We invite you to read about one researcher’s perspective on the importance of developing strong interdisciplinary research teams to address complex water resource issues. This interview is with Dr. Gregory Dick, Associate Professor in the Departments of Earth and Environmental Sciences and Ecology and Evolutionary Biology at the University of Michigan. He is the principal investigator of Water Center-supported project Integrating microbial genomics, chemistry, and ecosystem processes to understand harmful algal blooms.
Q: In a few sentences, briefly describe your current water research and area(s) of expertise.
A: I describe myself as a geomicrobiologist, environmental microbiologist, or microbial oceanographer depending on who I'm talking to and what I'm working on. My area of expertise is in applying genomics-based approaches to study the interaction between microorganisms and their environment. Currently my main focus in water research is on cyanobacterial harmful algal blooms. In particular, we're trying to understand what environmental and microbiological factors drive the toxicity of these blooms.
Q: What challenges and opportunities have you encountered in water research and how have you approached them?
A: One of the big challenges with many of the problems we study is their interdisciplinary nature. That's why our grant from the Water Center was so exciting - it allowed us to build an interdisciplinary team to tackle a wicked scientific problem that involves many different areas of research that are typically not connected.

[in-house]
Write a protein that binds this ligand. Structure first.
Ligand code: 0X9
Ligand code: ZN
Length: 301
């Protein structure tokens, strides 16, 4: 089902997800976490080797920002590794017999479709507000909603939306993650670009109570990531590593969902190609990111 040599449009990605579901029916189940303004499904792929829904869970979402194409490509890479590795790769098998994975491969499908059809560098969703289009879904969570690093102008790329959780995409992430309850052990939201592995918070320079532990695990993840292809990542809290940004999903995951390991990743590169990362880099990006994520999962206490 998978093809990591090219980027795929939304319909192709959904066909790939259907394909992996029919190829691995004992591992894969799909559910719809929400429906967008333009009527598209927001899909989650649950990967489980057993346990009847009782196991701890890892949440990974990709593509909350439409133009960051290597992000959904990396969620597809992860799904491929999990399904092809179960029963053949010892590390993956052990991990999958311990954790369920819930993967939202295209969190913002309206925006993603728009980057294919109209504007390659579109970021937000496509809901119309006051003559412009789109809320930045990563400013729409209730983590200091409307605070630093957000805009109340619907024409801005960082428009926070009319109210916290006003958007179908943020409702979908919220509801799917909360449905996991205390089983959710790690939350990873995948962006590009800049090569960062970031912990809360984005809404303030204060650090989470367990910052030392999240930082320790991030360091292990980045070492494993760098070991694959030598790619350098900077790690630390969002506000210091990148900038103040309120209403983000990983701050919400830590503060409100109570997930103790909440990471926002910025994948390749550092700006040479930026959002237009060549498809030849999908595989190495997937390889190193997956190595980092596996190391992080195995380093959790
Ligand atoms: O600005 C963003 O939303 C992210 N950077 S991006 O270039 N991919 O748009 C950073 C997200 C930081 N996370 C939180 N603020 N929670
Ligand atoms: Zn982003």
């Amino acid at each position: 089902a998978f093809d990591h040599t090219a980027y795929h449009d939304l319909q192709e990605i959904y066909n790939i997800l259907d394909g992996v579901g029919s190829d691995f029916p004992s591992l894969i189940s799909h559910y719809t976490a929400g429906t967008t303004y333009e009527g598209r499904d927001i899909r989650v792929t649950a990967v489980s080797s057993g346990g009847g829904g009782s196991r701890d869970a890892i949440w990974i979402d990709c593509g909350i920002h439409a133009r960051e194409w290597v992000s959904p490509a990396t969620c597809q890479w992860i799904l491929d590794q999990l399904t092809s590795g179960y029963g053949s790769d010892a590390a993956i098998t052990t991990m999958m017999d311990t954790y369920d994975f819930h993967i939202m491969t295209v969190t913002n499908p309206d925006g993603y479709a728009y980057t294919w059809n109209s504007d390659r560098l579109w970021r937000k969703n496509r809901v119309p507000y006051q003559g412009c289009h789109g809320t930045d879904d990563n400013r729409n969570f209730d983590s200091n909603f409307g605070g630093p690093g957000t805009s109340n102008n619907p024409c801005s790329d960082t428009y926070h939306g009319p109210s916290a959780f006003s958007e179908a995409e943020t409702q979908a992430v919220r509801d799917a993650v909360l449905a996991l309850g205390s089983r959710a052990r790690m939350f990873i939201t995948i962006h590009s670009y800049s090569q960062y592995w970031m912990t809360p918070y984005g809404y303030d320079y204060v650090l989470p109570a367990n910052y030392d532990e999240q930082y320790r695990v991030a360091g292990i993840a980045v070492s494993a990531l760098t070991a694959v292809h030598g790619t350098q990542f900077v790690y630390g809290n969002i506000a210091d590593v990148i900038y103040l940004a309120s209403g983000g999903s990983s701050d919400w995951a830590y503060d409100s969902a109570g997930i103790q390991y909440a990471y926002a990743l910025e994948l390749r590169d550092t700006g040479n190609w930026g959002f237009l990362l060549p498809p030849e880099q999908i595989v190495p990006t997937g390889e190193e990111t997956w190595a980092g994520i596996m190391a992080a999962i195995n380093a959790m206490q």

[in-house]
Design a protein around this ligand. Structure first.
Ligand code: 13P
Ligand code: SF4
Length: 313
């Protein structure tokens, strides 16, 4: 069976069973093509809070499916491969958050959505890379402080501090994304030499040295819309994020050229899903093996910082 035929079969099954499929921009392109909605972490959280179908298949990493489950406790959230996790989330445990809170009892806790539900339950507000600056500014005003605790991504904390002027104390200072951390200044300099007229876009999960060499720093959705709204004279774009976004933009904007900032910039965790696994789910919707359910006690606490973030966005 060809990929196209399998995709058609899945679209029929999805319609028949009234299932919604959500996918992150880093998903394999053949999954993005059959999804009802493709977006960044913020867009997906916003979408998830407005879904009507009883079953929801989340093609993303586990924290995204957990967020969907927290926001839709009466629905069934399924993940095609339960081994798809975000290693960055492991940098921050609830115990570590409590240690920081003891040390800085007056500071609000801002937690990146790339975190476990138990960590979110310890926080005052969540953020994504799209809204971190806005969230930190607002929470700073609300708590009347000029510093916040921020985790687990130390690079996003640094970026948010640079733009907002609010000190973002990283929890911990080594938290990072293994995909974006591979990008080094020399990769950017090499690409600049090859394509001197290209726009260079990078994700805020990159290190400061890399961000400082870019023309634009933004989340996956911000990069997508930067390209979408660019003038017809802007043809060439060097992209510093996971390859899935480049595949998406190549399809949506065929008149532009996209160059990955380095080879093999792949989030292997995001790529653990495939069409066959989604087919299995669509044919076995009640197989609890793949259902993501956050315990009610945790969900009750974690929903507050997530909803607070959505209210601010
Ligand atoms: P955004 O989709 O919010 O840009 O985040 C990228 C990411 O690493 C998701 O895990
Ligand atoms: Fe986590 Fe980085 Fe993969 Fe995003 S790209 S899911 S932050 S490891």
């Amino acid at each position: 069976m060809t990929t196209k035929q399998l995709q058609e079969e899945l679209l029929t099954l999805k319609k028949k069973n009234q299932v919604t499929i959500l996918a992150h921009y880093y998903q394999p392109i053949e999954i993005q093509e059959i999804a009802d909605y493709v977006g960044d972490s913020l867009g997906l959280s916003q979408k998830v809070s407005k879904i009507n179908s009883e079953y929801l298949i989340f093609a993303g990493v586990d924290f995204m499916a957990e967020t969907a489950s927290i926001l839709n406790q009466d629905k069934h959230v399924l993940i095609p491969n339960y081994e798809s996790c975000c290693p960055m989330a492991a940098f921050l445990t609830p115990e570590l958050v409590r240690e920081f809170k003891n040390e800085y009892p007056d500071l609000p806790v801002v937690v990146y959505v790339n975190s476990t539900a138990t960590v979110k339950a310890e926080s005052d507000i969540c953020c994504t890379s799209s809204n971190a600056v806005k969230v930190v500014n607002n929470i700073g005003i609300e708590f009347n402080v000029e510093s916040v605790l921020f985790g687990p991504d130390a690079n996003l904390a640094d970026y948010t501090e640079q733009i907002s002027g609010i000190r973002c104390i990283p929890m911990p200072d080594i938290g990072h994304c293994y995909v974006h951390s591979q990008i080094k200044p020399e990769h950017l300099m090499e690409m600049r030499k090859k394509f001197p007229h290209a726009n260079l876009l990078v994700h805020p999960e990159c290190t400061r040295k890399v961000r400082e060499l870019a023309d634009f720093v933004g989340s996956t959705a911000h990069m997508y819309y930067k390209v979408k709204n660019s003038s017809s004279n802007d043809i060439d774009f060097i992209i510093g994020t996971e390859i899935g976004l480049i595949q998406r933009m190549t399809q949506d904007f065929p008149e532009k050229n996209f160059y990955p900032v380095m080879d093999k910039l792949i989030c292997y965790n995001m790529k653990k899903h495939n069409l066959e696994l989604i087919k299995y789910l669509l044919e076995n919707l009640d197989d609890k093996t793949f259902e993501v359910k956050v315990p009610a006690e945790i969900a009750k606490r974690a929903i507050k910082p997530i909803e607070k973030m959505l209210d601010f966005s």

There is a major opportunity in my field to harness the latest DNA sequencing technologies to understand environmental processes. This area of "environmental omics" is starting to mature and realize some of its promises. But we still have a long way to go, especially in engaging computational and environmental scientists to build infrastructure that will capture and organize the data such that it is accessible, portable, and discoverable.
Q: From your perspective, what are the critical components for impactful water research?
A: To me, impactful water research addresses urgent problems with novel and interdisciplinary approaches. Although I mainly do basic research, from my perspective, interactions with stakeholders, policymakers, and government agencies are also critical.
Q: What do you see as the future of water research—both in your area(s) of expertise and beyond?
A: I envision a new generation of probes and sensors, based on detecting biological molecules (mainly DNA, RNA, and protein), that provide unique information about water quality, cycling of nutrients, elements, and pollutants, and ecosystem status. These new data streams will lead to new types of mechanistic computer models that have unprecedented power in terms of monitoring and managing water resources.